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Why You May Not Be in the Lineup

“How come I’m not in the lineup, Ham?” (My baseball players called me ‘Ham’). Keith was emotional; he had reason to be. He just hit a pinch-hit home run off an ankle-high fastball in the last inning to win an important conference game against one of the best pitchers in the conference.

It’s an age-old question so many coaches must be ready for. You face these in leadership too; it may resemble, “how come I didn’t get that client”, “why am I only a “meets expectations” on my review or even “what do I have to do to get promoted?” Sound familiar?

Back to Keith, he was a muscle-bound second-string player; and one powerful human being. Before his tough question, he waited for me as the team cleared out of the dugout. He was fuming. He was staring me down, ready to confront me on playing time. Keith wasn’t prepared for what I was about to say, but I was.

“I need you to hit fastballs down the middle like you hit fastballs ankle high, then I’ll keep you in the lineup,” I answered. Keith said nothing more, still fumed but in reticent agreement. Keith had a big hole in his swing, given his muscle-bound nature; he couldn’t seem to hit pitches in the upper part of the strike zone, which is a big problem. And he knew it, but it kept him out of the lineup. It just so happened that the pitcher he faced in this situation notoriously threw low pitches; Keith’s sweet spot.  Keith couldn’t connect the dots.

If You Wait, You Lose

It’s been years since the college coaching days, but direct feedback was and is the only kind of feedback in that environment. There’s no time for passive aggressiveness, conflict avoidance, or waiting for a six-month review. If you wait, you lose, period.  However, I still made a mistake with Keith because it should have never come to a post-game question. But sometimes it does, and as leaders, you better be ready, or you’ll lose any credibility you once had.

I’ve heard some lame responses from executives to professionals when asking why they didn’t get promoted. Responses like “it’s all about timing,” “you need more time in the chair,” and “we’re short-handed on people in your role and need you at that level.” These are passive-aggressive and give the individuals zero guidance on what steps they need to take to get promoted. You are passing the buck because you either don’t want to have the hard conversation, don’t have a good answer, or sometimes don’t prioritize the conversation properly. None of which are great reasons.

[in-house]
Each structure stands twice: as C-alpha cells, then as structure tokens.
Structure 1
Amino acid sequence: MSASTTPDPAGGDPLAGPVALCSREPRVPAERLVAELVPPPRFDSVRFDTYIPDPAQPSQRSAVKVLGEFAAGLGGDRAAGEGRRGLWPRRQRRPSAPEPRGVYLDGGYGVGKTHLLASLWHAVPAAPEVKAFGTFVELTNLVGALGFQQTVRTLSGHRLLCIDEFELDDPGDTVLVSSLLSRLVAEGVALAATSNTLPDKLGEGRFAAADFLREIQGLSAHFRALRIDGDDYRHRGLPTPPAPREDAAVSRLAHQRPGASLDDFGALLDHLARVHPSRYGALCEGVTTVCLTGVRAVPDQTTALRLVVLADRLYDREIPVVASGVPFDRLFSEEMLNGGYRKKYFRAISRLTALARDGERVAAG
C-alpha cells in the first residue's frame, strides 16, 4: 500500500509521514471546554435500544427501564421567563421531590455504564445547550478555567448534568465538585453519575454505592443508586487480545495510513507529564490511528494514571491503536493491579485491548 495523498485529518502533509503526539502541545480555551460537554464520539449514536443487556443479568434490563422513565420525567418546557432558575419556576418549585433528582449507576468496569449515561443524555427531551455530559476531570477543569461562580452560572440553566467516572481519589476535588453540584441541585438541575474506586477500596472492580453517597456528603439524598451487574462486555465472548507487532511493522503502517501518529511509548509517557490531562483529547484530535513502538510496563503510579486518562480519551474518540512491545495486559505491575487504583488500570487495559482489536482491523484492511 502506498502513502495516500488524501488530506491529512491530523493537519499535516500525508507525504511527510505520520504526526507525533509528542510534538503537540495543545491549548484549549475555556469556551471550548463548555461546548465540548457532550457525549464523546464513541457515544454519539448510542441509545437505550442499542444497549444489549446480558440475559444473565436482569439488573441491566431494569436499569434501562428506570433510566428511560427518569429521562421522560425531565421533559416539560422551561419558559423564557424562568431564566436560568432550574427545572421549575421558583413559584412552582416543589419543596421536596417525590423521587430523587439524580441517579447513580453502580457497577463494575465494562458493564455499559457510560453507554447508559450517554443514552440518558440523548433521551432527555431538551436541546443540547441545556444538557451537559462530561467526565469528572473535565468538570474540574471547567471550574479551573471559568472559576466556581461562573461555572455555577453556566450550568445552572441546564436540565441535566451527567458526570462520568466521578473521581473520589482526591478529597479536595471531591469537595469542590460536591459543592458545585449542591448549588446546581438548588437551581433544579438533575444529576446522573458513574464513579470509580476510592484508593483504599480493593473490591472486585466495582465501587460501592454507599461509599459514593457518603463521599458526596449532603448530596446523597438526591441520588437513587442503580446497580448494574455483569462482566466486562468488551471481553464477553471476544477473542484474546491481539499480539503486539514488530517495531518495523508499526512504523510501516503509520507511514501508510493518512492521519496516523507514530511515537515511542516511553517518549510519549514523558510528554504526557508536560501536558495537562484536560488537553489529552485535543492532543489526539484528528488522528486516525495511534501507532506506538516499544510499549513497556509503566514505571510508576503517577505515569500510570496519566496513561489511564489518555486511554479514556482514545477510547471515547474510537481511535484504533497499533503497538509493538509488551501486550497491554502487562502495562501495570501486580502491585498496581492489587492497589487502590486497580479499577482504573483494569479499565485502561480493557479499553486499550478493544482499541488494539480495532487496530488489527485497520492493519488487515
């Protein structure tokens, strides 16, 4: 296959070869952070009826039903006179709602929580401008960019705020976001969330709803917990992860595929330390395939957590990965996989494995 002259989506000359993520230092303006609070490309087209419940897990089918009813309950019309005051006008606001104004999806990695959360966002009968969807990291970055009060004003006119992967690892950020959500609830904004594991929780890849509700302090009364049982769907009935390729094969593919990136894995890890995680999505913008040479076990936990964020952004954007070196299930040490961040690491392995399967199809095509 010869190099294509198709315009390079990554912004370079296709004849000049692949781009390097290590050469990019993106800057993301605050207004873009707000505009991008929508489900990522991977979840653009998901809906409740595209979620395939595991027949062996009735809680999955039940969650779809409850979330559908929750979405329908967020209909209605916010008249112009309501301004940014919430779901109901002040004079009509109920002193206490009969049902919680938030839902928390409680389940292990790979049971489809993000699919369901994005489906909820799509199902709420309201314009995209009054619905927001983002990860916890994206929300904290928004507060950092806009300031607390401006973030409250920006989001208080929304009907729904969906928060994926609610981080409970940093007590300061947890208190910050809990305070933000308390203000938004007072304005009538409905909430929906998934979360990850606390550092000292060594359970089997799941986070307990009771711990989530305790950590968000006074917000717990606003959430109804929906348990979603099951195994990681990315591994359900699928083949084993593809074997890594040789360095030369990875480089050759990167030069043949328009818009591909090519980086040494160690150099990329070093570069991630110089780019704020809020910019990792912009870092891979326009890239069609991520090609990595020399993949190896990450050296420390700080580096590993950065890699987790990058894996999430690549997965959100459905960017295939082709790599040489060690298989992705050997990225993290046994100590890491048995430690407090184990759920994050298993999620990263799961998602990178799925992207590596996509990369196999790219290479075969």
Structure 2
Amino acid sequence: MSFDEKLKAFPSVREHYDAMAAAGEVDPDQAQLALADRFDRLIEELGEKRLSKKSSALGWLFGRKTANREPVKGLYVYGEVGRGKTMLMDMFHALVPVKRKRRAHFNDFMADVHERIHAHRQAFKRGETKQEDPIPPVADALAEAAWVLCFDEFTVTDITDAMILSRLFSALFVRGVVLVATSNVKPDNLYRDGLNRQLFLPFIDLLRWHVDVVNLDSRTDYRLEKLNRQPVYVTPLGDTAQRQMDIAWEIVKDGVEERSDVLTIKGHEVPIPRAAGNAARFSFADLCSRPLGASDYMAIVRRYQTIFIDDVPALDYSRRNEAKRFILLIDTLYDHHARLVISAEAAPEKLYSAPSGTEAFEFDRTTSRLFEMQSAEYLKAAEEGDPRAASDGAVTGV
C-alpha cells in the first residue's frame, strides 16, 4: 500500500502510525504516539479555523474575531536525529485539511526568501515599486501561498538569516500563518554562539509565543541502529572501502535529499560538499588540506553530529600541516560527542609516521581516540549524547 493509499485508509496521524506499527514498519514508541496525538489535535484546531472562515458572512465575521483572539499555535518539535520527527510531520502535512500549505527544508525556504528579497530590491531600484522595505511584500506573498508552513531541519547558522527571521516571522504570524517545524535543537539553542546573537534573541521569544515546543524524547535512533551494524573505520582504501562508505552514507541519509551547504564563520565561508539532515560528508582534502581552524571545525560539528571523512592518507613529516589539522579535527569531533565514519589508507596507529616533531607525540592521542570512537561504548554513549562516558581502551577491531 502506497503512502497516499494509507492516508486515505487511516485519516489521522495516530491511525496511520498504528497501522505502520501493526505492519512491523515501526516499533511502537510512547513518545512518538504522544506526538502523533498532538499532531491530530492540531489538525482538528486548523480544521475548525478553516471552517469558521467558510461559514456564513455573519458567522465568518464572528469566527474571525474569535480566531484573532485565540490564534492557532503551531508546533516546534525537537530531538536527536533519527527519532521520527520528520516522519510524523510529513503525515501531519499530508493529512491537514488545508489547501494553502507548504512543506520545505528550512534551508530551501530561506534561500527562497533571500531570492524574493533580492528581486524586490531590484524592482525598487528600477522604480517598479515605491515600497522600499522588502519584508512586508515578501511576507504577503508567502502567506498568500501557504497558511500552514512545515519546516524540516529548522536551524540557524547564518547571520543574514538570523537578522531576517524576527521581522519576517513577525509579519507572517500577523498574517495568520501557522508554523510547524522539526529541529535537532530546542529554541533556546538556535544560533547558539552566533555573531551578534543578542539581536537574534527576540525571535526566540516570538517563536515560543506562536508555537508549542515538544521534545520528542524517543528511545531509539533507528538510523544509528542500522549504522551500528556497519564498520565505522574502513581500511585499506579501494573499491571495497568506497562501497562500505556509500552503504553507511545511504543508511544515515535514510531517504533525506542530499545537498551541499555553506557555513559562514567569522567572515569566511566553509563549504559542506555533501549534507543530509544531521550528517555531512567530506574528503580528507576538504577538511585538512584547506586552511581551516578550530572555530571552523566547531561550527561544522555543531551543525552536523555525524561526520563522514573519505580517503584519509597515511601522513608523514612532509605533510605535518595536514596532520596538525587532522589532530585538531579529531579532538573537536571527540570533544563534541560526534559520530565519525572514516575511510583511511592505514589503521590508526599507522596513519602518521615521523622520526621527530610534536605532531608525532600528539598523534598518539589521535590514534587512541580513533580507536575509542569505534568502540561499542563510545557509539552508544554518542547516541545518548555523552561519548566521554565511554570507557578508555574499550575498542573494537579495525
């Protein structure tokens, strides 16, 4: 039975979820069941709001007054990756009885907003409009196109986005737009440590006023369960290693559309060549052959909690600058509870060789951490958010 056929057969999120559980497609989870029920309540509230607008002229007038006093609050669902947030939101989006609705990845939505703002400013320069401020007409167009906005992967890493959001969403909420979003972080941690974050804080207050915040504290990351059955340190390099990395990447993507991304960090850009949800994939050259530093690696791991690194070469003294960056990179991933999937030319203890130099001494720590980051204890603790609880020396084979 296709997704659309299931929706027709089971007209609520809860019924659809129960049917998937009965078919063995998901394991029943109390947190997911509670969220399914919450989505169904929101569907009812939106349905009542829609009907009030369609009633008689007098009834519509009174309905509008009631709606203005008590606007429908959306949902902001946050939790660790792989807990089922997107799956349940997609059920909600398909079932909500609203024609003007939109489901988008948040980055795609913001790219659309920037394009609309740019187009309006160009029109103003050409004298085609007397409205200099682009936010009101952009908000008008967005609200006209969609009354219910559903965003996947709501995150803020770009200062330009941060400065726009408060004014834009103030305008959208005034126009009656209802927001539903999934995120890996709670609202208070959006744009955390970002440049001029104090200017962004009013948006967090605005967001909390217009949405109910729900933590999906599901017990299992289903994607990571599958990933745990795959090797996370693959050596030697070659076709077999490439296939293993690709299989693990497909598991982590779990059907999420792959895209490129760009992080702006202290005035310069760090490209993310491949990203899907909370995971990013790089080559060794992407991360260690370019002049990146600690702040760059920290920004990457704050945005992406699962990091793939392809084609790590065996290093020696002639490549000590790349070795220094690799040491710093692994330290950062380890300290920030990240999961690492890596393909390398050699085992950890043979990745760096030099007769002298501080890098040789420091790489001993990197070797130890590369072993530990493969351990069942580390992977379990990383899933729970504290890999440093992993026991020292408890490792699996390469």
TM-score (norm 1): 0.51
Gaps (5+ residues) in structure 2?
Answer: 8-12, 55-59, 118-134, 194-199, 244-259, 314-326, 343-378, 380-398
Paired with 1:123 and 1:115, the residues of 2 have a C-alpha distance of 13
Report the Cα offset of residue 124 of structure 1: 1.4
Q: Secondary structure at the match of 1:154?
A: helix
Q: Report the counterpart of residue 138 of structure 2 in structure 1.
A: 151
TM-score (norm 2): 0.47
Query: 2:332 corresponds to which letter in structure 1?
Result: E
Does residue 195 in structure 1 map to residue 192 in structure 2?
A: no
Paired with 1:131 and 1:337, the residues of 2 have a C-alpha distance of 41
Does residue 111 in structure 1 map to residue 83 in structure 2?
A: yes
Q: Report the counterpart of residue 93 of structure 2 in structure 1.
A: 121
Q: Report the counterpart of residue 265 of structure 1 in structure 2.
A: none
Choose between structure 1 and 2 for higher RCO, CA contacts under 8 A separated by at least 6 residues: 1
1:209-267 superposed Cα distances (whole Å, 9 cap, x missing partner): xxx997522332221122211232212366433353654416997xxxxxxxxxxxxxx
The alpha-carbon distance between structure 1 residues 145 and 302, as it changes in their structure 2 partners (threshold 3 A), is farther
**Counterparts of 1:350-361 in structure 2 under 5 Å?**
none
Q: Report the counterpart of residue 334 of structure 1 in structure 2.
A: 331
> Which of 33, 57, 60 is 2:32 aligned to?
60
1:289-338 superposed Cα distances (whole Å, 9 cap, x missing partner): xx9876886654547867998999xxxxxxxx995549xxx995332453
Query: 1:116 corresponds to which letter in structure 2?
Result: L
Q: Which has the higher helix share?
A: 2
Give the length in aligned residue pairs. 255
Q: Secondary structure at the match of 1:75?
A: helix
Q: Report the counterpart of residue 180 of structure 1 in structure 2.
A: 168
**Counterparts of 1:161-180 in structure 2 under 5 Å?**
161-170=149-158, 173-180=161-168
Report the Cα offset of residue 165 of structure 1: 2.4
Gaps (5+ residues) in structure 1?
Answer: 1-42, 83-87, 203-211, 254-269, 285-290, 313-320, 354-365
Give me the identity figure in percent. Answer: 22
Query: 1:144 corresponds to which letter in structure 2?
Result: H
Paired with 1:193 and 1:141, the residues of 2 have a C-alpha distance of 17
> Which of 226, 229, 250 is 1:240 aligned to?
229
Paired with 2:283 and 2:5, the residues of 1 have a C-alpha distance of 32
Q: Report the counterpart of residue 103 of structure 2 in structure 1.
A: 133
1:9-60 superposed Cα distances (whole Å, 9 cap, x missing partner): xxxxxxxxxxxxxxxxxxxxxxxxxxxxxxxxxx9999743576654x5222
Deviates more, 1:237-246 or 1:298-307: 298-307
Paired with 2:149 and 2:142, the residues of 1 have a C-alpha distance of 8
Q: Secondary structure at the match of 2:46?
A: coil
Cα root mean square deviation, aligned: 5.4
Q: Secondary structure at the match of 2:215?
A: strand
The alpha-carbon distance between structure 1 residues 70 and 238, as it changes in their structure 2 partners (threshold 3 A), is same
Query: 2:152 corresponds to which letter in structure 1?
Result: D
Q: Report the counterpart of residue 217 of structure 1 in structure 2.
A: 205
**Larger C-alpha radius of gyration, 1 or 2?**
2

Kim Scott, in Radical Candor, explains it perfectly when she says we must “care personally and challenge directly.” The top C-Suites I’ve worked with will make you uncomfortable with the challenging questions and coaching because they, too, have been given direct feedback, which benefited them in their careers. If you are not giving your people direct and challenging feedback, they can’t do the work to be the best version of themselves. You may not lose a baseball game that day, but your team will struggle to perform at high levels, and the C-Suites you work for now will see it.

Metrics Won’t Lie

When I first wrote this, one of my distinguished reviewers and an author asked me, “why should it have never come to a post-game question? What piece of the story or advice am I missing?” (So glad she asked; this is where we can learn to be even better leaders).

It should have never come to that because we had the data. We didn’t communicate it as effectively as we could have. After this experience, I began proactively keeping better performance metrics, even in practice. Then we immediately updated the metrics and communicated them and their importance to each player. Some corporate leaders call this “scorecarding” or “KPIs.” In baseball, we call them “stats.” All players began to be told regularly which stats aided or impeded their playing chances. And we kept stats few people have heard of – we researched leading indicators of successful performance and kept those metrics.

We also posted them for the whole team to see. We found the players were much more willing to buy into instruction if they knew our intention was for them to improve the statistics we held in high regard.  So in later years, the “Keiths” of the program would get a conversation like this long before the season, “Keith, you have some remarkable power and can be a great threat and asset for the team. However, you are striking out in 30% of your practice at bats. Our starting players typically need to be around 10-15%. We need to get your strikeout frequency down. We see two ways for you to cut down on strikeouts quickly. We noticed you are very successful on the low pitches but struggling with pitches higher in the zone. Until we can make a few minor swing adjustments to get those high fastballs in play with greater frequency, we need to focus on targeting and being aggressive on low pitches, your strength, and not swinging at pitches higher in the zone unless you have two strikes.”

In this example, we are not saying, “You’ll never start if you keep striking out.” He knows what it takes to start (or get promoted); it’s his choice to work on improving his metrics; the metrics won’t lie.

Then, as one of my reviewers, a successful CEO, mentioned, Keith could have better understood the “right person, right time, right position” decision we made when he hit the big home run on a low fastball. I know some of you are saying, “Baseball is different. I don’t have KPIs or statistics like that I can use to measure my team’s performance.” Trust me; they are there.  I can only say part of the journey to the executive level is “figuring it out.”

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